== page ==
Example 32.Total lecithin and cephalin fractions similar to those used in Example 31 were hydrogenated to substantially reduce unsaturation as in Example 34 following. Cellulose acetate tow (about 40% acctyl content, 5 denier fibers) were impregnated with the hydrogenated phosphatide product to give a filter containing about 10% of the hydrogenated phosphatides. This coated tow was used in smoking Brand C cigarettes as in Example 31, with substantially similar results.
Example 33.Cephalin of the type employed in Example 30 was hydrogenated according to the method of US. Patent 3,026,341 issued Mar. 20, 1962, to substantially reduce unsaturation, and the hydrogenated product was used to impregnate cellulose acetate tow to give a filter material containing about 15% of hydrocephalin. Twenty portions of this filter (0170:0005 g.) were used to repeat the smoking procedure of Example 31. Analyses of the filters before and after use, by difference showed absorption from the. cigarette smoke of approximately 10 micrograms of iron, 0.8 micrograms of nickel and 0.2 micrograms of cobalt per cigarette smoked.
With respect to Examples 2833 it was noted that the filter supplied by the manufacturer contained only 0.08 microgram of nickel after smoking of the cigarette, and it was also noted that the filter of the present invention absorbed larger amounts of nickel when used as back-up filters following the filters of the Brand C cigarettes, than wehen they were substituted for such filters. Analyses of Brand C filters before and after smoking were accordingly made which showed that the unused Brand C filters contained nickel in a larger amount than the used Brand C filters, and thus had actually contributed volatile nickel compounds to the smoke, in contrast to the Brand A filters, which absorbed some nickel from the smoke as shown by Example 23.
While there have been described herein what are at present considered preferred embodiments of the invention, it will be obvious to those skilled in the art that modifications and changes may be made without departing from the essence of the invention. It is therefore to be understood that the exemplary embodiments are illustrative and not restrictive to the invention, the scope of which is defined in the appended claims, and that all modifications that come within the meaning and range of equivalency of the claims are intended to be included therein.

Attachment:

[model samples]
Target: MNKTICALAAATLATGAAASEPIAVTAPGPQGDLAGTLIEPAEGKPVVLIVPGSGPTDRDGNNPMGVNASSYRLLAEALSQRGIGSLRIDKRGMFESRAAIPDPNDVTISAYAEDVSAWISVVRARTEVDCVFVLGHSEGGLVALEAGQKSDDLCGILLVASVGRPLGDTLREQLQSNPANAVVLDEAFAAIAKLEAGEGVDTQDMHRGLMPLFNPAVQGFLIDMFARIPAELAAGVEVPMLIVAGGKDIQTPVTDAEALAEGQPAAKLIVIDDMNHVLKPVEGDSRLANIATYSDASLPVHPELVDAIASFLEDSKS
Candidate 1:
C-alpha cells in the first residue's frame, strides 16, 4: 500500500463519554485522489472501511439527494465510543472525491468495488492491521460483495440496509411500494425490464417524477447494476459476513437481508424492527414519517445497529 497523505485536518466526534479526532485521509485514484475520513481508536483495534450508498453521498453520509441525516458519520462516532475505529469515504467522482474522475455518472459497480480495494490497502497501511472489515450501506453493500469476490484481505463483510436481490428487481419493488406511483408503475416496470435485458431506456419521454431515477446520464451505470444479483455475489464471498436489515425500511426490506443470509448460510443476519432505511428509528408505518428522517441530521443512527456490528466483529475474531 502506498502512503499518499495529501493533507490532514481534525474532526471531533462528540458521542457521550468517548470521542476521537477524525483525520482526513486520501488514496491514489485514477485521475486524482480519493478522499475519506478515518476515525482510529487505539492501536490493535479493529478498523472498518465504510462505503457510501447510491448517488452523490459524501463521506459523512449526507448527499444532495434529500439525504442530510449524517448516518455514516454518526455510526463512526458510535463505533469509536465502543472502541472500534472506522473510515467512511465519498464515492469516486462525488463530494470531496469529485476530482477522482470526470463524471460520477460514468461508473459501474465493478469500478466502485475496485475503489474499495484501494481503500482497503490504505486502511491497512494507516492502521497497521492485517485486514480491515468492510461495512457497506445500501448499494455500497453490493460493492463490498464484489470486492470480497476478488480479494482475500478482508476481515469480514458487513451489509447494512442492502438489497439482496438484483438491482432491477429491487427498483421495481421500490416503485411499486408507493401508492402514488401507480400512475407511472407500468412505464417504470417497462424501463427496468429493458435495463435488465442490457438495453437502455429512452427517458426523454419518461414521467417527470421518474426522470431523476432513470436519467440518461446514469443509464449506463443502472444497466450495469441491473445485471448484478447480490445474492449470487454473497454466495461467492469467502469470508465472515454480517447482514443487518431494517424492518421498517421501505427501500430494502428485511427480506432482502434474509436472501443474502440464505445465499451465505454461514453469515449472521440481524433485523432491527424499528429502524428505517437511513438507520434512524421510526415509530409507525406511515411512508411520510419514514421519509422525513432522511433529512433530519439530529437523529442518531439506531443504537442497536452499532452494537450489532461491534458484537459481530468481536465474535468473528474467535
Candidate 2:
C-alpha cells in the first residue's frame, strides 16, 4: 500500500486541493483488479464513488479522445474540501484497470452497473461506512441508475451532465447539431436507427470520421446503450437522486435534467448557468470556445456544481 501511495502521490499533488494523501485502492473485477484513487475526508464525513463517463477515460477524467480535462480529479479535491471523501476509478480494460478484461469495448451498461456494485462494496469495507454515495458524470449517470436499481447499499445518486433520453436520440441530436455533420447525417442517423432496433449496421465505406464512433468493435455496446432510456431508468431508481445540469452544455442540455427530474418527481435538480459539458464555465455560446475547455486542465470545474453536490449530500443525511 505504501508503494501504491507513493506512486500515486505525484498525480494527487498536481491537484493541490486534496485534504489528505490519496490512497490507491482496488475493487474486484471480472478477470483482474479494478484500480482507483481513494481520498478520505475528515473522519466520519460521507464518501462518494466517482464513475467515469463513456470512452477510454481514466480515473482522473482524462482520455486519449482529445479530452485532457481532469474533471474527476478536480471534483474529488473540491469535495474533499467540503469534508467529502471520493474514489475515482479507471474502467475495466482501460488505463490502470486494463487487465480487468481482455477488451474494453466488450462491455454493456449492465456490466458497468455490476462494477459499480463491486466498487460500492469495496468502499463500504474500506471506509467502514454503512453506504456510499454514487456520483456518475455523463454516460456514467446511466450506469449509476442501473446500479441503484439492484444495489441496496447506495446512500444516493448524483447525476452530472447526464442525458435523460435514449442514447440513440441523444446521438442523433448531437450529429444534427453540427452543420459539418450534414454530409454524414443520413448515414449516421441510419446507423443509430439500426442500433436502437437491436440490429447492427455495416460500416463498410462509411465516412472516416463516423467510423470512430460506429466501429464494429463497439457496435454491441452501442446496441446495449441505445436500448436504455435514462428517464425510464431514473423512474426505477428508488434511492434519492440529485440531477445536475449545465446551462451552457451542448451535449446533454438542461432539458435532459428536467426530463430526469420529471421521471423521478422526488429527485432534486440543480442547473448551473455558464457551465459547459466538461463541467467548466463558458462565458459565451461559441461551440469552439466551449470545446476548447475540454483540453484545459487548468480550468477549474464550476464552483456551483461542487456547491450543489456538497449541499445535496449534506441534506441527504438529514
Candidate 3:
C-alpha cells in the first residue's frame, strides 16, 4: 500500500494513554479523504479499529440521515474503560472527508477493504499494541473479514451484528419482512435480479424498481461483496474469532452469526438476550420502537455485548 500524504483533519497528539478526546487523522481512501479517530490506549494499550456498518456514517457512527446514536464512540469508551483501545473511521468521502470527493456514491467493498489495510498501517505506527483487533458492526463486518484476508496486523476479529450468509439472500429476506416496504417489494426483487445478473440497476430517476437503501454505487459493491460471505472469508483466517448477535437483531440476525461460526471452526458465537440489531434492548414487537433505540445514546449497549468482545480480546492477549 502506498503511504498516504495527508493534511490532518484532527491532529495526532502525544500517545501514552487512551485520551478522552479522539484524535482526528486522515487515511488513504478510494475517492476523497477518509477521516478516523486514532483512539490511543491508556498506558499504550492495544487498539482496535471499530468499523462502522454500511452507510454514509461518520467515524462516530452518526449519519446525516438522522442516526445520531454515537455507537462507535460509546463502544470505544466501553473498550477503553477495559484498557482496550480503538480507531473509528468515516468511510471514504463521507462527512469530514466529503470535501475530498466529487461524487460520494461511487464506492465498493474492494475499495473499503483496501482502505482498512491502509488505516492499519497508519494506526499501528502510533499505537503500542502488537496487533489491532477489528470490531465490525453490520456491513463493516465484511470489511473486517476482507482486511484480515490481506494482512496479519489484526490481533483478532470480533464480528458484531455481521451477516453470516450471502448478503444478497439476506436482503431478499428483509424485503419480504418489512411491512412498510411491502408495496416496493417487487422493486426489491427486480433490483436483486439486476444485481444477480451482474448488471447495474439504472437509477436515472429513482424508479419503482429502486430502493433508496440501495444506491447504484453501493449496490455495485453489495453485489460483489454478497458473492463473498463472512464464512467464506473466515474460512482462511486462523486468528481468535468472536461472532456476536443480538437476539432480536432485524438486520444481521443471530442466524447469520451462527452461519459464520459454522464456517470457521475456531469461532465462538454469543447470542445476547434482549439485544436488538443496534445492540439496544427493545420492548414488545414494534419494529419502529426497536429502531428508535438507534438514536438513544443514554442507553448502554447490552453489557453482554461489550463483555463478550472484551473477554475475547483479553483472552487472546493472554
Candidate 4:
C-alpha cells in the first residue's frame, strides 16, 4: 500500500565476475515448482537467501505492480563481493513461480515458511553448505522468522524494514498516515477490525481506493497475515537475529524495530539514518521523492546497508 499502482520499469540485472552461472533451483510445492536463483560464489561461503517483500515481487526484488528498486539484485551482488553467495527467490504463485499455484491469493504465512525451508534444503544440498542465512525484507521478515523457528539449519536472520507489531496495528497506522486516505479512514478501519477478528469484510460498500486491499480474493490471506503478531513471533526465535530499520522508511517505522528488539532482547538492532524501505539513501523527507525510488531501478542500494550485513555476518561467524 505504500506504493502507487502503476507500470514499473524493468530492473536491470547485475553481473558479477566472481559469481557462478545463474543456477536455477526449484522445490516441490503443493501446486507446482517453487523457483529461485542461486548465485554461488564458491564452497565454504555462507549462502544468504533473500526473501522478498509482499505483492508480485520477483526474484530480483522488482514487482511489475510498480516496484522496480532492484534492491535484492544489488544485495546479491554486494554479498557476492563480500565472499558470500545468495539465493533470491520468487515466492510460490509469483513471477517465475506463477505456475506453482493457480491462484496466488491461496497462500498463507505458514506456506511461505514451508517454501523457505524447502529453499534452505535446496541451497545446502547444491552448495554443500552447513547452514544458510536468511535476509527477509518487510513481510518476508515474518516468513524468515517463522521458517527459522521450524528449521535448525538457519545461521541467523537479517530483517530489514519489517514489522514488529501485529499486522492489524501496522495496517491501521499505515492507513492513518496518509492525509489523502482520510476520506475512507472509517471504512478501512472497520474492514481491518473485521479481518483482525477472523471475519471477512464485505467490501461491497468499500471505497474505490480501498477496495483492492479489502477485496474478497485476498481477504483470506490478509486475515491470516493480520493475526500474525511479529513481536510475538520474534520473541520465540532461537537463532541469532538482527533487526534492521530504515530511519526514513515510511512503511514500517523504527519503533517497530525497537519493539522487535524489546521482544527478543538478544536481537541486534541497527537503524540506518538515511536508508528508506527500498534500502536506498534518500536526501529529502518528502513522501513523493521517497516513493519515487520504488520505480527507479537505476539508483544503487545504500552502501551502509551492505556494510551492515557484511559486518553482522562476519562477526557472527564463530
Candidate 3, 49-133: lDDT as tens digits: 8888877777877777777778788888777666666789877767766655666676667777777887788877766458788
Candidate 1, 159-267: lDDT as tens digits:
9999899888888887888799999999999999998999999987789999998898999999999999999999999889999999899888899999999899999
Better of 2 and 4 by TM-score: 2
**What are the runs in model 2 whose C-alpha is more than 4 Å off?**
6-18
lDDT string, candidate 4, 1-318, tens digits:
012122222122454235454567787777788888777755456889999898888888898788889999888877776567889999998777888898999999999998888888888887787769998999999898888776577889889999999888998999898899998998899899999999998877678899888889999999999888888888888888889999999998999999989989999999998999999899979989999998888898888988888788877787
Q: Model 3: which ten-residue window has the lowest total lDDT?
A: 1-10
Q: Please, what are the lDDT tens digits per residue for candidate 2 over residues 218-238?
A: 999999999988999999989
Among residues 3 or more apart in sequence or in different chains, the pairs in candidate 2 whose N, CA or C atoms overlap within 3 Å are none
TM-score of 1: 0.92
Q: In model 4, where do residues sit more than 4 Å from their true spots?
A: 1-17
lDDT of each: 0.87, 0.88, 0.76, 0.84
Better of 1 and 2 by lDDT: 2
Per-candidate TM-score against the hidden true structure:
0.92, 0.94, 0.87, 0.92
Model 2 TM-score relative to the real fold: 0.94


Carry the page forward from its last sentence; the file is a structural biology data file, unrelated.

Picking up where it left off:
1. A process for the purification of tobacco smoke from the burning, in a smoking article, of conventional tobacco which produces a smoke that may contain trace quantities of transition metal compounds, which method comprises passing said smoke through a filter into the mouth of the user downstream therefrom, said filter containing a. base material carrying a non-toxic organo-phosphorous compound having a metal chelatnig ligand grouping, said compound being other than tri(nonylphenyD-phosphitc and being essentially free of animal protein so as to be stable against bacterial spoilage, and being selected from the class consisting of the following groups:
(a) the phosphines, phosphites and phosphates having three substituent radicals selected from the radicals of group I, said group I consisting of the following radicals: the alkyl, alkenyl, alkynyl, cycloalkyl, terpenyl, aryl, alkaryl, alkoxyaryl, haloaryl, aralkyl, arylene, morpholinyl, pyridyl, alkylpyridyl, pyrrolydinyl, piperazinyl, quinolyl and isoquinolyl radicals which contain not more than 18 carbon atoms;
(b) the diphosphines having four substituent radicals selected from said group I;
(c) the solid polyphosphite compounds having the formula D[O P(OR) wherein D is a polyvalent polyol moiety, x is 1 or 2, s is an integer from 2 to 1000, and the R of each OR group is selected from said group I;
(d) the amino-alcohol esters of acids of phosphorous;
(e) the phosphatides.
2. A process according to claim 1, in which the filter through which the smoke is passed as aforesaid contains an organo-phosphorous compound selected from group (a) therein.
3. A process according to claim 2, in which the organephosphorous compound from group (a) is tri-phenyl phosphite.
4. A process according to claim 1, in which the filter through which the smoke is passed as aforesaid contains an organo-phosphorous compound selected from group (b) therein.
5. A process according to claim 1, in which the filter through which the smoke is passed as aforesaid contains an organo-phosphorous compound selected from group (c) therein.
6. A process according to claim 4, in which the organophosphorous compound from group (c) is tetra-diphenylphosphito-p :ntaerythritol.
7. A pro- :ess according to claim 1, in which the filter through which the smoke is passed as aforesaid contains an organo-phosphorous compound selected from group (e) therein.
8. A process according to claim 7, in which the organophosphorous compound grom group (e) is an alcohol insoluble phosphatide.
9. A process according to claim 7, in which the organophosphorous compound from group (e) is an alcohol soluble lecithin.
10. A process according to claim 7, in which the organo-phosphorous compound from group (e) is a hydrogenated organo-phosphorous compound selected from said group.
References Cited by the Examiner UNITED STATES PATENTS 2,815,760 12/1957 Schreus et al. 131-264 2,886,591 5/1959 Lautenschlager et al. 260--486 3,118,452 1/1964 Moshy 131l7 SAMUEL KOREN, Primary Examiner.
MELVIN D. REIN, Examiner.